- "I am a lover and I deal in love,
I am neither Khaleel, Daudzai nor Mohmand."
- The great 17th century Afghan poet, Rahman Baba
Khoshal Khan Khatak
"This is an anthology of English translations of Pushto poets from the 16th century on. Most, if not all, of these poets are Sufi. They utilize the poetic vocabulary of Sufiism: the tavern, the wine, the flowers, etc., all actually technical terms describing the soul's progression on the mystical path towards God. Raverty's introductory essay, "Remarks on the Mystic Doctrine and Poetry of the Sufis" provides a skeleton key to the symbology.
Most of the writers included here were, in addition to being Sufi poets, tribal leaders, men of action, in many cases related in some fashion. For instance, the prolific Khushhal Khan fathered Ashraf Khan and Abd-ul-Kadir Khan, all very formidable poets and warriors. Their poetry reflects a tribal, patriarchal society (women don't normally appear in these texts except as the 'beloved,' or a target of scorn). However, this is not the bleak, bigoted, art and music starved world of the Taliban. It is clear that not all of that Sufi joie de vivre is metaphorical, and many of the verses display a wicked sense of humor. The descriptions of nature are realistic, and their love of country is fierce.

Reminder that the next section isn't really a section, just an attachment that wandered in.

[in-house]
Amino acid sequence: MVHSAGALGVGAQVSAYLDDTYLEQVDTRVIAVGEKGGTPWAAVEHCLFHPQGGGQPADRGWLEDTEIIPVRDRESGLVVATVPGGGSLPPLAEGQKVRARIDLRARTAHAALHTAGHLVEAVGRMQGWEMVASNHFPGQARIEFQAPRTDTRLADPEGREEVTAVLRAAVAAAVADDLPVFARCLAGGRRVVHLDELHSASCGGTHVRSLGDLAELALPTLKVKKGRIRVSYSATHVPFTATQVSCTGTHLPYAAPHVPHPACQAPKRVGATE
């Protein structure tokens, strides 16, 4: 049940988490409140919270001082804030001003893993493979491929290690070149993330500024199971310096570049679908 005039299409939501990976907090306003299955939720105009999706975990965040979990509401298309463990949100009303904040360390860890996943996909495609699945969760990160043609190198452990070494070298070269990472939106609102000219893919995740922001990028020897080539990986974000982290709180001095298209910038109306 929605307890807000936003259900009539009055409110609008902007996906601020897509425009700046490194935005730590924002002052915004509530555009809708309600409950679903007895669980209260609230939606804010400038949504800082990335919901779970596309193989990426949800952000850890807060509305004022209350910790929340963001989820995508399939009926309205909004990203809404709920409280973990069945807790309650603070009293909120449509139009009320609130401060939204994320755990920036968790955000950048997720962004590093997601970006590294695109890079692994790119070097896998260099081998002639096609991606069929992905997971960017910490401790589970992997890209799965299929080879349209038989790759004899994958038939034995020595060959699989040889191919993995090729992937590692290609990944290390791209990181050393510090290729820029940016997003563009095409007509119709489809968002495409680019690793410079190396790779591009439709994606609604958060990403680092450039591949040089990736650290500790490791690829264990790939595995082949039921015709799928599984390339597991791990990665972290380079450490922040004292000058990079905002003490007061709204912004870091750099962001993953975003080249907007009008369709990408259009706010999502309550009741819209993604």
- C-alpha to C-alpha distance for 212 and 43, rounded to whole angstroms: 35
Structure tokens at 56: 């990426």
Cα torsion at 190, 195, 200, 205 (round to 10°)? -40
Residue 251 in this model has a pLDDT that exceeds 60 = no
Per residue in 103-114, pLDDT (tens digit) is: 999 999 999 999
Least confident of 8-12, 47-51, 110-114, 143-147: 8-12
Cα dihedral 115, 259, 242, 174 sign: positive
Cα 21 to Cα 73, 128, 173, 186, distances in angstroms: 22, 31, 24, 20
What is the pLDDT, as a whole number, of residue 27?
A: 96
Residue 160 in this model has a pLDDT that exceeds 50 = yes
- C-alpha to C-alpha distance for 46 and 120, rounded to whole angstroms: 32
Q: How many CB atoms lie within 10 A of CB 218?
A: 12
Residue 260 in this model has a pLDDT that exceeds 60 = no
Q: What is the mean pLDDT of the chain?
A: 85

Raverty (b. 1825, d. 1906), a Major in the British Army, fought in the Punjab from 1849-50. From 1852-9 he was Assistant Commissioner of the Punjab. His duties involved extensive travel in what is today Pakistan, Afghanistan, and India. He wrote one of the first Pushto grammars in 1855. He also wrote a Pushto-English dictionary, and a volume of Pushto texts in the original language, which served as the basis for these translations. The system of transcription in this book, which is reproduced exactly as in the original with the help of Unicode, is not pretty, but at least is applied consistently. Included here are translations of poems only available in manuscripts which Raverty was able to access, obviously very rare. This book, itself, is fairly rare, and appears for the first time on the Internet at this site."
Courtesy of http://www.sacred-texts.com
Selections from the Poetry of the Afghans
To the Reader
Remarks on the Mystic Doctrine and Poetry of the Sūfīs